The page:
The United States Monday welcomed the Pakistani government's investigation into whether figures in Pakistan's nuclear program may have provided nuclear-weapons technology to Iran or other countries. The State Department says Pakistani President Pervez Musharraf assured the United States more than a year ago that any such activity had ceased.
Officials here are reluctant to speak about what nuclear-export activity the United States believes Pakistan was engaged in before the Bush administration took office.
But officials at both the State Department and White House Monday said the United States continues to accept at face value an assurance made last year by President Musharraf that Pakistan was no longer involved in such proliferation.
At a news briefing, State Department spokesman Richard Boucher said the assurance was conveyed during what he said was a "very specific" conversation between Mr. Musharraf and Secretary of State Colin Powell on the proliferation issue in October 2002.
That telephone talk had followed a flurry of press reports, denied at the time by Pakistan, that that country had been secretly aiding North Korea's nuclear program.
Mr. Boucher said he would not address nuclear cooperation Pakistan may have had with other countries before the Powell-Musharraf discussion, but he said the administration continues to "value and accept" the Pakistani leader's assertion that technology transfers had ceased. "I don't think that we have ever said that we'd not had conversations with Pakistan about the past. We just said that we weren't going to try to speak ourselves about what Pakistan might or might not have done in the past. But in October 2002, we were able to say that President Musharraf had made those assurances to us, and we continue to value those assurances today," he said.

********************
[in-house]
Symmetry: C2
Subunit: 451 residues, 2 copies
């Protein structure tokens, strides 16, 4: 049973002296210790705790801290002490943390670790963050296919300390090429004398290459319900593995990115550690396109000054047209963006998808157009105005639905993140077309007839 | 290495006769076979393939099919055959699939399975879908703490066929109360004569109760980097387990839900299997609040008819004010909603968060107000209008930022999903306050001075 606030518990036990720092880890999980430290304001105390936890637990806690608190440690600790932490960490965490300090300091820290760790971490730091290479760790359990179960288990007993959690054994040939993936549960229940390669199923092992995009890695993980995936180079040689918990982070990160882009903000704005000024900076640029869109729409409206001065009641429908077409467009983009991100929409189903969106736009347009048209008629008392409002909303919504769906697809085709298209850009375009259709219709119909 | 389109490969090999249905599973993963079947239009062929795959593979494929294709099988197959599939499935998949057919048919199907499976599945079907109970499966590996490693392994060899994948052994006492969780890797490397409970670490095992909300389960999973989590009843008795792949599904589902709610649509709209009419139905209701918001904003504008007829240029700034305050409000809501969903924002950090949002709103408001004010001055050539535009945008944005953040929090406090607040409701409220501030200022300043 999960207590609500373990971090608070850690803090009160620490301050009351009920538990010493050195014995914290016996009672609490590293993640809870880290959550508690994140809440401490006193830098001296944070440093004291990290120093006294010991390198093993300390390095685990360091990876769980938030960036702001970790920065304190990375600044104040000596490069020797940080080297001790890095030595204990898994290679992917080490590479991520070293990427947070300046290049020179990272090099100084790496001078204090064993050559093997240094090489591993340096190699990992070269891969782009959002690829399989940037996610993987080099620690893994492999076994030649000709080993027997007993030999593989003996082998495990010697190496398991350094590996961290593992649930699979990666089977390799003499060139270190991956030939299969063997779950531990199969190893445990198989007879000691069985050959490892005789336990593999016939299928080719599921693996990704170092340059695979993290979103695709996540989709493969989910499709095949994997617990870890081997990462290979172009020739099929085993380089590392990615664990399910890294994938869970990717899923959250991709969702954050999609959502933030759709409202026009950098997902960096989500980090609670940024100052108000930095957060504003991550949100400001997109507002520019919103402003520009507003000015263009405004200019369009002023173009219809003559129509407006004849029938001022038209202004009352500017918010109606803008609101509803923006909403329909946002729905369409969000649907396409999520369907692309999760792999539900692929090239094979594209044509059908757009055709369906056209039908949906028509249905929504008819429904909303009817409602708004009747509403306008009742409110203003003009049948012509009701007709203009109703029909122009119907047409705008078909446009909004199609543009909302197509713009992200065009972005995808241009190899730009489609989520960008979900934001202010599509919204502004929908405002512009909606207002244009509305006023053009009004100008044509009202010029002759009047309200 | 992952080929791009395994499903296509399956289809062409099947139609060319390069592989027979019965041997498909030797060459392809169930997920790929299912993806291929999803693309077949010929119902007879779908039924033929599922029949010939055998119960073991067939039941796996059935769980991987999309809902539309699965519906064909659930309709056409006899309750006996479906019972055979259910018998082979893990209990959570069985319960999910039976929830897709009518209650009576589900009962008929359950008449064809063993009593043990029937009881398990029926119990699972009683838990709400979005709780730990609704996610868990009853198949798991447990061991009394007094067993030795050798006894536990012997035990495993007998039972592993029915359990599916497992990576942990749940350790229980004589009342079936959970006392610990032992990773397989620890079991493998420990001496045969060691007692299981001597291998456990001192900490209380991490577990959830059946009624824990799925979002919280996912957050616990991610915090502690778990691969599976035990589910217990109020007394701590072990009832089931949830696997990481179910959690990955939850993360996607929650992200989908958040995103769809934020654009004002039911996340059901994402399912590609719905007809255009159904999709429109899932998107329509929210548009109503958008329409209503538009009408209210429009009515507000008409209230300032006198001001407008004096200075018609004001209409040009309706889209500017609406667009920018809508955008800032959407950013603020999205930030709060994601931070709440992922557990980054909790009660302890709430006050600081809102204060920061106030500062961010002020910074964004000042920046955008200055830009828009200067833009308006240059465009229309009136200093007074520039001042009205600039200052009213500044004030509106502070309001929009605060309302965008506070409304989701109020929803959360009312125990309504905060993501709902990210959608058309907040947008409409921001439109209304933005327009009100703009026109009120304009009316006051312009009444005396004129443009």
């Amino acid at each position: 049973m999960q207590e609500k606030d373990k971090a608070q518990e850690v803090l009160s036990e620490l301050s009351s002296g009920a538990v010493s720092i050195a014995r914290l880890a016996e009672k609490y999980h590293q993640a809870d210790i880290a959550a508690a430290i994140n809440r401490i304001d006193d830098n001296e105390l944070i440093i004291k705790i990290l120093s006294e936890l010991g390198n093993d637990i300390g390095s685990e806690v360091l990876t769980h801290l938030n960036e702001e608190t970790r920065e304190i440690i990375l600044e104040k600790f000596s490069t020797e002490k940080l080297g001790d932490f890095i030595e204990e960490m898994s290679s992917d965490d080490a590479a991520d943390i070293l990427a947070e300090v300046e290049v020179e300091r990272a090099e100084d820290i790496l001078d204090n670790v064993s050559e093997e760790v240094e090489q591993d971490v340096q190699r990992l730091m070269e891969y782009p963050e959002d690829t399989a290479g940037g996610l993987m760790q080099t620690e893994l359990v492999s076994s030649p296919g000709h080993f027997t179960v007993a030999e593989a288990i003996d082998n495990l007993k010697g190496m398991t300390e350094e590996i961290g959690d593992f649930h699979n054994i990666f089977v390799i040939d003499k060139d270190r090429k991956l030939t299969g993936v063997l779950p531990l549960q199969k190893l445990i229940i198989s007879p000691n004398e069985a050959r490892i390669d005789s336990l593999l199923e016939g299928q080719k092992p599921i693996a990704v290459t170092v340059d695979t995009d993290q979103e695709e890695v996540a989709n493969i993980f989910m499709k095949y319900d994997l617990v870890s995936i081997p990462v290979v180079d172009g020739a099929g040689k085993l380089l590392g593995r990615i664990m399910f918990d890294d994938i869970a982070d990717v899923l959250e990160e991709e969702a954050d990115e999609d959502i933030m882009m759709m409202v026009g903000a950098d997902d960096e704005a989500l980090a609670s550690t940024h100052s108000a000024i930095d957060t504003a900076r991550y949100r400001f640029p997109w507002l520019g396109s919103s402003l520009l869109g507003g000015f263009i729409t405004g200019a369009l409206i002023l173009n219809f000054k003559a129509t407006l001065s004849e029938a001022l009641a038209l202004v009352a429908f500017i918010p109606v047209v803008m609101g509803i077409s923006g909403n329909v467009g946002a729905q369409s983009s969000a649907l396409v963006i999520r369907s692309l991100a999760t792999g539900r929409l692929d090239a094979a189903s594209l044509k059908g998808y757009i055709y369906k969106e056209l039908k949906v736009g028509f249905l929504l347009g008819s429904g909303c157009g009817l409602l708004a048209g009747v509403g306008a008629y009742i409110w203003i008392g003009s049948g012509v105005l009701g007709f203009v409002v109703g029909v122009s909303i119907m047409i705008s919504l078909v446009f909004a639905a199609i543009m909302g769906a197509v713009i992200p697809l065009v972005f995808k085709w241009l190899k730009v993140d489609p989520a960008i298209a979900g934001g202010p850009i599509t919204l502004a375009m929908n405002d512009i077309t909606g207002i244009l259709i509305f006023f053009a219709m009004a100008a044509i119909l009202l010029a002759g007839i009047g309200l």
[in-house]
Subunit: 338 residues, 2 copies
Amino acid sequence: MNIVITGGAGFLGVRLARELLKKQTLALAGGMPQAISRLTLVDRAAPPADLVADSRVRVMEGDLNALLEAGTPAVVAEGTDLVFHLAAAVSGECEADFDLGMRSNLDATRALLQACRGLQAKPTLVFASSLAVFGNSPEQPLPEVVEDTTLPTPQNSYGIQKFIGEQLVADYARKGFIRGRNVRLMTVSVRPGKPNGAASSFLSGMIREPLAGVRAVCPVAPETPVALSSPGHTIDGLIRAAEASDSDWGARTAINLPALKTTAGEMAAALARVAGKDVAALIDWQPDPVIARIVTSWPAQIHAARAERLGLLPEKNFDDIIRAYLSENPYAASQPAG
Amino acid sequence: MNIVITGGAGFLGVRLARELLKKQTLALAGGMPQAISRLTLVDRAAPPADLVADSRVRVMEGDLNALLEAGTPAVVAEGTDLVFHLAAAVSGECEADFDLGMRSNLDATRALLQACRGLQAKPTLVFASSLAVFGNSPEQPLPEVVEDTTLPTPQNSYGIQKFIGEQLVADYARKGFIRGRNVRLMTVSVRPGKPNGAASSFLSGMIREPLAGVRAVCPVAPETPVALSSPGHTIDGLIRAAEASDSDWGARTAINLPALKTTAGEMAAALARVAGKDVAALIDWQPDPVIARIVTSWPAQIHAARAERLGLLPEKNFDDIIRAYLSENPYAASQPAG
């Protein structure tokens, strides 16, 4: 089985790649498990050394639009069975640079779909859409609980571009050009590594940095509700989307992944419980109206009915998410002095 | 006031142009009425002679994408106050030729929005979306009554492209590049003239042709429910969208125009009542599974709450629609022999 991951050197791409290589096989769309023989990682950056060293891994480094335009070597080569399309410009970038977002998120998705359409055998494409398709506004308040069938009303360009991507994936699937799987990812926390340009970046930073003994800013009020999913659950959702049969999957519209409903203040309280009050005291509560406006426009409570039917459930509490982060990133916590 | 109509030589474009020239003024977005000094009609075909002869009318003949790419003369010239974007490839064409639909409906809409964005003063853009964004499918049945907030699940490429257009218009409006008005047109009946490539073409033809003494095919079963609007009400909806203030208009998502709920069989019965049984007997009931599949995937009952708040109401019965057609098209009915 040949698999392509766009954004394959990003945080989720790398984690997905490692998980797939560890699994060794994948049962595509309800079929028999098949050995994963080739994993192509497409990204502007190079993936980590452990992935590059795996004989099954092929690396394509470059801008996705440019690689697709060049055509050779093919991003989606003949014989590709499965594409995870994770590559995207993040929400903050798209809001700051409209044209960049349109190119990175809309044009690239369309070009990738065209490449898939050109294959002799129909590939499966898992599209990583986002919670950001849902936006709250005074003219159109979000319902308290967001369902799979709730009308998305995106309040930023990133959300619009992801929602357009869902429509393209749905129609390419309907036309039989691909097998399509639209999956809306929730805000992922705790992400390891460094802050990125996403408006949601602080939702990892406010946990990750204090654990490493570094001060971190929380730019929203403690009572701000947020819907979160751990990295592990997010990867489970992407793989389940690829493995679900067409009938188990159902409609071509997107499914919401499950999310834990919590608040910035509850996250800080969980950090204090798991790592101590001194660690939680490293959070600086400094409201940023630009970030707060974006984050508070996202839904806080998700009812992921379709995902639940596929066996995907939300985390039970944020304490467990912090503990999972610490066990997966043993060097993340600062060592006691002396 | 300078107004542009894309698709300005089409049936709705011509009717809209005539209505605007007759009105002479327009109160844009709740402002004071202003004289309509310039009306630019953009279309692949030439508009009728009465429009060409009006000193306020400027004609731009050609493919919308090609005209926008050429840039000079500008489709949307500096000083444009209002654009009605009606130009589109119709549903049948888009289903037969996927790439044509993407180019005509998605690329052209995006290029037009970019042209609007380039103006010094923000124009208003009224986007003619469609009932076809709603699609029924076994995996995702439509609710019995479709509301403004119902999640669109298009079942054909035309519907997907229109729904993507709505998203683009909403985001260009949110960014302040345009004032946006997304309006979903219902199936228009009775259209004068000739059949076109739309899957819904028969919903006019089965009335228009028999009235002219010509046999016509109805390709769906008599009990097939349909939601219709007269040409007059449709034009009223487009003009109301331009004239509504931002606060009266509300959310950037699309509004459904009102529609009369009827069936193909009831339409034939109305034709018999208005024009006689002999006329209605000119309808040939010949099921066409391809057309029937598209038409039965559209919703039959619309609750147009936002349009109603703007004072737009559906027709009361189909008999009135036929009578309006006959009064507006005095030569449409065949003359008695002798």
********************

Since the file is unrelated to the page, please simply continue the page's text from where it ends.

Mr. Boucher said the United States welcomes the Pakistani government's investigation and debriefing of prominent nuclear scientists about alleged technology exports. Those questioned are said to include aides to Abdul Qadeer Khan, who's considered the "father" of Pakistan's nuclear weapons program.
The New York Times and Washington Post have reported that information Iran has provided to the International Atomic Energy Agency, the IAEA, in recent weeks has strengthened suspicions that Pakistan sold Iran key nuclear secrets, including how to build uranium-enrichment centrifuges.
The State Department declined to address those reports, though Mr. Boucher noted that a November 10 report by IAEA Director-General Mohammed El-Baradei on Iran's nuclear program stated that Tehran had received nuclear assistance from "several external sources."